Tamara Kuldin's love song for her Babushka

October 4, 2018
Enamoured by the romance and sophistication of the golden era of song, sassy Australian vocalist Tamara Kuldin has been captivating audiences from Melbourne, New York to Europe with her playful, sultry and heartfelt interpretation of songs from The Great American Songbook, French classics to lesser known vintage jazz & blues gems. We're lucky enough to have Tamara perform at the Museum in a show dedicated to her late grandmother. We chatted with her to find out more.

You’ll be coming to the Museum to perform your show, Love Song for Babushka. How did the show come about?
My grandmother was never short of advice and stories. I’d often walk away from our conversations laughing in disbelief at what came out of her mouth, or thinking what riches she had to offer. It was always something I planned on doing. This is just the beginning of this show’s journey really.

Can you describe the relationship you had with your grandmother, and what was it about the grandmother / granddaughter bond that made it so unique?
Apparently when I was little I first called my babushka ‘mum’. Our bond strengthened over the years as I became an adult. I never took her for granted, knowing she wouldn’t be around forever, so I always made time for her. Just the touch of her cool hand on my skin would calm me. She was my touchstone.  I guess we had a very candid relationship, very honest. Nothing was off the table-love, sex…you name it – our lengthy conversations covered a myriad of topics. She also drove me nuts, boy she could be fierce! I drank in every moment we had. I still see a bagel or little sweet treat and instinctively go to buy it for her. It is hard to say what made it unique. But her presence in my life permeated into everything I did, and still does.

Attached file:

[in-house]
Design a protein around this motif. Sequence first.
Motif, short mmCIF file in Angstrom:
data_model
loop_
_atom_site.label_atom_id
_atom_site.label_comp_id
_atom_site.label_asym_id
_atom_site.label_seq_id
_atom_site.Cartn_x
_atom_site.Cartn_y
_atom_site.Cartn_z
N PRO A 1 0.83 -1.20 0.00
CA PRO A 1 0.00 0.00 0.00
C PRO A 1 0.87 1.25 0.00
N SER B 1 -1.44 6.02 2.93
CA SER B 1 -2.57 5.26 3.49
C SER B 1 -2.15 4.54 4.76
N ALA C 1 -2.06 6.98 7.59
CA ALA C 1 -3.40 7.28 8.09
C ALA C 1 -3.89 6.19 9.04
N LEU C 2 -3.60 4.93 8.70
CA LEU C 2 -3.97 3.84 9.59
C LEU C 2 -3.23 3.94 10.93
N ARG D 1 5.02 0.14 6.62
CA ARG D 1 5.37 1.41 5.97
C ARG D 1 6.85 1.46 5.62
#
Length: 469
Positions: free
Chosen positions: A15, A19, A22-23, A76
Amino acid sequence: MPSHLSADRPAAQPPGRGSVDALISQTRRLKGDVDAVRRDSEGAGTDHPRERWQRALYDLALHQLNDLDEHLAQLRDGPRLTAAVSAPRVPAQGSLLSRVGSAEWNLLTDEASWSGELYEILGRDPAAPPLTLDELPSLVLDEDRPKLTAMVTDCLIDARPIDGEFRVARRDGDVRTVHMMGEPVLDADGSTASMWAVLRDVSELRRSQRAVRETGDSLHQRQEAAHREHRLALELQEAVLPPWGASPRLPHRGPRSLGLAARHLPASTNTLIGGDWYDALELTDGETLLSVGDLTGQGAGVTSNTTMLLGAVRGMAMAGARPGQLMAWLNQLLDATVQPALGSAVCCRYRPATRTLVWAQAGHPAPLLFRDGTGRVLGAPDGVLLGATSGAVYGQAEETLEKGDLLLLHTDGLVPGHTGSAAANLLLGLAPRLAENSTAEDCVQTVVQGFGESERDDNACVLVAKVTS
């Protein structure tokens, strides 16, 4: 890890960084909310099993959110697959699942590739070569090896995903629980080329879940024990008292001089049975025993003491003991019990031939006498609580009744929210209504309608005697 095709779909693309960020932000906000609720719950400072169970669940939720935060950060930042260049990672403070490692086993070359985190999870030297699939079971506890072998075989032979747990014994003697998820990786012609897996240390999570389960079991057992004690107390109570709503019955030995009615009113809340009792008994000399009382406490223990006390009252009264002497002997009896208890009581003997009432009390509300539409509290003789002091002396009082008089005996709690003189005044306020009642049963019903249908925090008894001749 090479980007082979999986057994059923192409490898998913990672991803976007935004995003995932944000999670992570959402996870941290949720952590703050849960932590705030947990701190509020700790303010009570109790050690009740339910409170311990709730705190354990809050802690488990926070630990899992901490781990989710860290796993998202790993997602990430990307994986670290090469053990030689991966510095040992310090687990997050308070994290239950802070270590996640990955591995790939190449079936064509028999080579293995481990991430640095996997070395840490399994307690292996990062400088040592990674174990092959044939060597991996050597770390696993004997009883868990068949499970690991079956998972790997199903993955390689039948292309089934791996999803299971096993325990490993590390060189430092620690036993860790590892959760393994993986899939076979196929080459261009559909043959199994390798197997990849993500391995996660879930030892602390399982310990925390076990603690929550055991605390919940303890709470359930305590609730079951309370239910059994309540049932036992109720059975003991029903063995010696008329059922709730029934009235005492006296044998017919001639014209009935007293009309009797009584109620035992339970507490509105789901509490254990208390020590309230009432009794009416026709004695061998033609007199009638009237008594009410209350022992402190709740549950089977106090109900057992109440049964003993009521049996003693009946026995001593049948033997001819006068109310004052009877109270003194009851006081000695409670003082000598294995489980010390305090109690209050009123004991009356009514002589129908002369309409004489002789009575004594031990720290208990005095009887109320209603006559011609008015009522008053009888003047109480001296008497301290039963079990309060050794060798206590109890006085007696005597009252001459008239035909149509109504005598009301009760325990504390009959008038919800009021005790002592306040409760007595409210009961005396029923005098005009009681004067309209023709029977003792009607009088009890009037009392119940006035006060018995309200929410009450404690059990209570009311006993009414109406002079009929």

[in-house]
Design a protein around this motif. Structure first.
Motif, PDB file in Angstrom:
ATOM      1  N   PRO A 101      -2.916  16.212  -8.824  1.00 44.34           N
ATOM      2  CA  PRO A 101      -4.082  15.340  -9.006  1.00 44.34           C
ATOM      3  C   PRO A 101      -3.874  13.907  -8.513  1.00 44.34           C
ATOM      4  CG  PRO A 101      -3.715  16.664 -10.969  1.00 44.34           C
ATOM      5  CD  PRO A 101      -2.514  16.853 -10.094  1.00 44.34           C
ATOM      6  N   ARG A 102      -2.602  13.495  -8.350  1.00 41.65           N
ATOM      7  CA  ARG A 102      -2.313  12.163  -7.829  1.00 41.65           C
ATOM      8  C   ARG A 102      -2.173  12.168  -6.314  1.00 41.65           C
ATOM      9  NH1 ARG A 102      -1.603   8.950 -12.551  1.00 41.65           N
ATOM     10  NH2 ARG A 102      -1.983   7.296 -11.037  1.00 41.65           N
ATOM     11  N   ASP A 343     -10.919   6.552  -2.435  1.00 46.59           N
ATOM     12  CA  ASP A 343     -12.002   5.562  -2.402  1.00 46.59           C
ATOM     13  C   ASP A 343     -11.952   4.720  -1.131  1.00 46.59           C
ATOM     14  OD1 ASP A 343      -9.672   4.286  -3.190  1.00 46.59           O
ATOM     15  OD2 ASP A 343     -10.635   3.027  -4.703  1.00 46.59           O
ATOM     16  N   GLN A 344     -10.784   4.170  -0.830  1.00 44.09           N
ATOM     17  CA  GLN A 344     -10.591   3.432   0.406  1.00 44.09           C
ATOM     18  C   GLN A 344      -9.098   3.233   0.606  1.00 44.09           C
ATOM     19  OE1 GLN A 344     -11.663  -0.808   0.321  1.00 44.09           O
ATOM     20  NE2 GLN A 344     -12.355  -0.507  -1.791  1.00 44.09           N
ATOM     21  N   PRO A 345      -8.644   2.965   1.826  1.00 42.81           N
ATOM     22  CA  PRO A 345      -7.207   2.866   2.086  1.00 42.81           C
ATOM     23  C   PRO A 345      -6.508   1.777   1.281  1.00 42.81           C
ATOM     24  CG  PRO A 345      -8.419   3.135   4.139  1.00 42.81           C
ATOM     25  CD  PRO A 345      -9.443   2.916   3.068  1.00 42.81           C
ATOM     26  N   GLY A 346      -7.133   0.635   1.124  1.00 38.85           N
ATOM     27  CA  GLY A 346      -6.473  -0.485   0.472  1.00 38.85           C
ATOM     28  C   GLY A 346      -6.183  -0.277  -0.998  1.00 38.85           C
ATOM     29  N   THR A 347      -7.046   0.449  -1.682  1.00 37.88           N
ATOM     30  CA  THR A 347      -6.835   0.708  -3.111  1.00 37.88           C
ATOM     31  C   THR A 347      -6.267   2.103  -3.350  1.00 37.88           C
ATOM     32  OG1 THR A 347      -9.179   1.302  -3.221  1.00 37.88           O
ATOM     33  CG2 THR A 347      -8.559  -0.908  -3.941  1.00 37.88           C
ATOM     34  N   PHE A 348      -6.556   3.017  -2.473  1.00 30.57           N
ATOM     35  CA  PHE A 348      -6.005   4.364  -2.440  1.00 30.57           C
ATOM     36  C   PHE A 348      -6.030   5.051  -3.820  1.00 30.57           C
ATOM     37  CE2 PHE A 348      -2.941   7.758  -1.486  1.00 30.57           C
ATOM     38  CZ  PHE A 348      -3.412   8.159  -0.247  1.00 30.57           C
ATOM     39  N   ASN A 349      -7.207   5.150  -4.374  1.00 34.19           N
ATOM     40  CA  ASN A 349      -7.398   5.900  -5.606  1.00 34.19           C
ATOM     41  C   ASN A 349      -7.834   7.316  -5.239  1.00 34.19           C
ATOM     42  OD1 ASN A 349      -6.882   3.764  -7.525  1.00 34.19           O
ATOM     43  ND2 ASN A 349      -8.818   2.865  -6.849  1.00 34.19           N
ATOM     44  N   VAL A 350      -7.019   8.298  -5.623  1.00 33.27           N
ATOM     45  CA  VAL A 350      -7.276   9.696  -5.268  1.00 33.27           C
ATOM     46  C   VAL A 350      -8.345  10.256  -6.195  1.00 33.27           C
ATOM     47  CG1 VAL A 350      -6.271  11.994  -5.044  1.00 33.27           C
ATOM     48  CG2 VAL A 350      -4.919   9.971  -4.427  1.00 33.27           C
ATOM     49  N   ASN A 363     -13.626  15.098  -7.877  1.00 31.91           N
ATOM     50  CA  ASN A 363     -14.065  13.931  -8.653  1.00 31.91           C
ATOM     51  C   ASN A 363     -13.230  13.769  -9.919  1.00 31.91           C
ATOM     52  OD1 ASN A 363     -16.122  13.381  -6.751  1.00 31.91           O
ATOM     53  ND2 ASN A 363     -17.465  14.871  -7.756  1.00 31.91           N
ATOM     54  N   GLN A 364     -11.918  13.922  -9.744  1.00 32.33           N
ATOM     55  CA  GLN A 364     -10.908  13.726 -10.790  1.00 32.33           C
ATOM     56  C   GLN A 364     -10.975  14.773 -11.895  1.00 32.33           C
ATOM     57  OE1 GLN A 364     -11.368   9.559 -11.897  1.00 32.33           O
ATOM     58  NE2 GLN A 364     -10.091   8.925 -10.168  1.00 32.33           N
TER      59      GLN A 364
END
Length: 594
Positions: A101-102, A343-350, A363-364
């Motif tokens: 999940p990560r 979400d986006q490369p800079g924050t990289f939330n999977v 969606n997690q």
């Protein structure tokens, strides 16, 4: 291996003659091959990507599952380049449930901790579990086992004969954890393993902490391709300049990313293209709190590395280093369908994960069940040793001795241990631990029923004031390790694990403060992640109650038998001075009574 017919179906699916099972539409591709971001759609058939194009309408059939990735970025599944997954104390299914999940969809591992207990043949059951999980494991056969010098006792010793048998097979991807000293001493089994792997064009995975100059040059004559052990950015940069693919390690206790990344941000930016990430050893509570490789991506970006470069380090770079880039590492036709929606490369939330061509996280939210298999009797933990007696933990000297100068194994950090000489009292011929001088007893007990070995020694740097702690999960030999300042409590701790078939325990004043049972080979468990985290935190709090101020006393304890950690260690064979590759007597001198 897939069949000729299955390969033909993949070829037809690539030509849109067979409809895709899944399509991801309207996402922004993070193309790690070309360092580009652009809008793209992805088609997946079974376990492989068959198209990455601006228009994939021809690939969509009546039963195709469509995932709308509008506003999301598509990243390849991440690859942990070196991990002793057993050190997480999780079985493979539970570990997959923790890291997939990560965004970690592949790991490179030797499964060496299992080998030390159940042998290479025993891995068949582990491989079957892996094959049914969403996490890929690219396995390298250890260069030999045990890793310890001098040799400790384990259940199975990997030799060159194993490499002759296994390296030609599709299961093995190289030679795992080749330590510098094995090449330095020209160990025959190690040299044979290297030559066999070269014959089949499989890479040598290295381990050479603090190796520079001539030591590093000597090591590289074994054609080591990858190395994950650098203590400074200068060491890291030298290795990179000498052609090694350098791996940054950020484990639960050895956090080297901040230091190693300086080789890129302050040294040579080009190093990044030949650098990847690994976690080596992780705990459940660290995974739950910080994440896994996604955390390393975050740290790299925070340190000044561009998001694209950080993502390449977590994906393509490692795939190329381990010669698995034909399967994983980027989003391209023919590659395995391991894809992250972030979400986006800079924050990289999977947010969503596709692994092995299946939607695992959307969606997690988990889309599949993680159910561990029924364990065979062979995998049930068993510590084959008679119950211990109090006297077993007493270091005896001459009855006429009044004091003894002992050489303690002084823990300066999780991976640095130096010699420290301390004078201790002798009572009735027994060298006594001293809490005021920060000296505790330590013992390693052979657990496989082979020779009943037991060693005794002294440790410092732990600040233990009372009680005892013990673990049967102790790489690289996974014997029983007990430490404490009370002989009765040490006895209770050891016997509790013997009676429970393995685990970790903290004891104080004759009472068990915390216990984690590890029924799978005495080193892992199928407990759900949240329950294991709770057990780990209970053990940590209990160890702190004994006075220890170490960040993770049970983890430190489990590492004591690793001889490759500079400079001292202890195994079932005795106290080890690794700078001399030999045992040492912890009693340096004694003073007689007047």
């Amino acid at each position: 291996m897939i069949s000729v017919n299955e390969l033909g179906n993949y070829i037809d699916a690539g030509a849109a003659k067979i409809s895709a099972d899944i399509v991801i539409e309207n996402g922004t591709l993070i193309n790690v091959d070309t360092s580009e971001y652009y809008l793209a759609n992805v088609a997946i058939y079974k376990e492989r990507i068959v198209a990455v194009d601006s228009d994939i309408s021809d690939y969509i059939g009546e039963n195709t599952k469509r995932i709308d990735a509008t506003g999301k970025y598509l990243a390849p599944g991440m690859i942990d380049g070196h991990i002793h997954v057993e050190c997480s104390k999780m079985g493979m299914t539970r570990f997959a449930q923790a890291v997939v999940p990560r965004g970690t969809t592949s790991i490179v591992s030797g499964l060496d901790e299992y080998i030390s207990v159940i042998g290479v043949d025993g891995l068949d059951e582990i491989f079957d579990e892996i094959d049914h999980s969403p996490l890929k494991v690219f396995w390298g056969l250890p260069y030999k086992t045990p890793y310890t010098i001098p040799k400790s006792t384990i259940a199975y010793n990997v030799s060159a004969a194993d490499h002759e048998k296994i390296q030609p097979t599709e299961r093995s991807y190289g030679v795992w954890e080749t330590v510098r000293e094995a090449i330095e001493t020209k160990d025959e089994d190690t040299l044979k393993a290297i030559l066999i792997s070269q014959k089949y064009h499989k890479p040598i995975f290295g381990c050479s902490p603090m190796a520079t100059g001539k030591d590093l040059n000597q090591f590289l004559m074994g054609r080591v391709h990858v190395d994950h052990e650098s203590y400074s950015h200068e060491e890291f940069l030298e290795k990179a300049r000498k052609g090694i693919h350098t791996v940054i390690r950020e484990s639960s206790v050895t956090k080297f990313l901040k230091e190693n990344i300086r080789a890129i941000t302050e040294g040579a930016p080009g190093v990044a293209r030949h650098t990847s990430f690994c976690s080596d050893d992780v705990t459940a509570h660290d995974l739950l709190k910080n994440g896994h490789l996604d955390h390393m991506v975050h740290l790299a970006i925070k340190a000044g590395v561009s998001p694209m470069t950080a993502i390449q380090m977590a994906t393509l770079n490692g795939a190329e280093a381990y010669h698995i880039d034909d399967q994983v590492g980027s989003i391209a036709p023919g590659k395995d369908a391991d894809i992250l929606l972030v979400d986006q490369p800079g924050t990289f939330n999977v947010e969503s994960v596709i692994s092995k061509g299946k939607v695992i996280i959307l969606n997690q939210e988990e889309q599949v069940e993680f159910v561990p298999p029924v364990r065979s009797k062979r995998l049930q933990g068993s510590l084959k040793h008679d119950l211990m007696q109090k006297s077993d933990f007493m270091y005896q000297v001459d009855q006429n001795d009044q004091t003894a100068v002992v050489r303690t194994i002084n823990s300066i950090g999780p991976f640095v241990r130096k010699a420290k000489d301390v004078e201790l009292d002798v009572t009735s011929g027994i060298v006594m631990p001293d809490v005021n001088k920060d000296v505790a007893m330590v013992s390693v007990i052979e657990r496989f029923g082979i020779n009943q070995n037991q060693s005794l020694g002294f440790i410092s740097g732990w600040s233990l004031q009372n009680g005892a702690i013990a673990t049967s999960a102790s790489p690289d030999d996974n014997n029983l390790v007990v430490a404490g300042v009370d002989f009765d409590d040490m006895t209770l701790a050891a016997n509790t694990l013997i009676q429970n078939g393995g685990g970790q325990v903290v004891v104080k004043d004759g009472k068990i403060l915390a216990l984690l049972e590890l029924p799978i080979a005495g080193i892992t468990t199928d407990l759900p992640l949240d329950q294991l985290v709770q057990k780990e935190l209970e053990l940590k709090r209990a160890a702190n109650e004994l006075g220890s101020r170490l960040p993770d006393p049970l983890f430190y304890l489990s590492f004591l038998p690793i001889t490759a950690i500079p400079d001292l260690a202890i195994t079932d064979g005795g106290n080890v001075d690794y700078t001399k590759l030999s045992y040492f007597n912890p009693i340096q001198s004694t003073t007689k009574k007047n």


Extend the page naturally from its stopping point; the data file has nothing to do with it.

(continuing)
What musical choices did you make and what musical influences do you draw from?
I’m predominantly a jazz vocalist but my love affair with song traverses many different genres. A while ago I did a show called ‘jewettes’ singing songs by Jewish women. Some of these women – their stories, the lyrics, they beautifully complement stories about my grandmother.

In your work, how do storytelling and music interact?
In general? They work hand in hand. I often think of singling as storytelling through song. The lyrics, the context and background of the song, personal anecdotes that easily weave within the song’s theme. It’s all storytelling really.

What do you think your late grandmother would make of your show?
Hmmm…she’d love that I’m at the Jewish Museum. She was very proud of her cultural roots. She’d just ask me not to divulge too much… the naughty stuff (the good stuff!) But she would also have loved that people who had never met her knew of her through precious performances. I think she’d be chuffed.

What are you working on next?
Many different projects. Overseas gigs and new ventures. It never ends!

Thanks Tamara! Be sure to grab your tickets to this special concert by clicking here.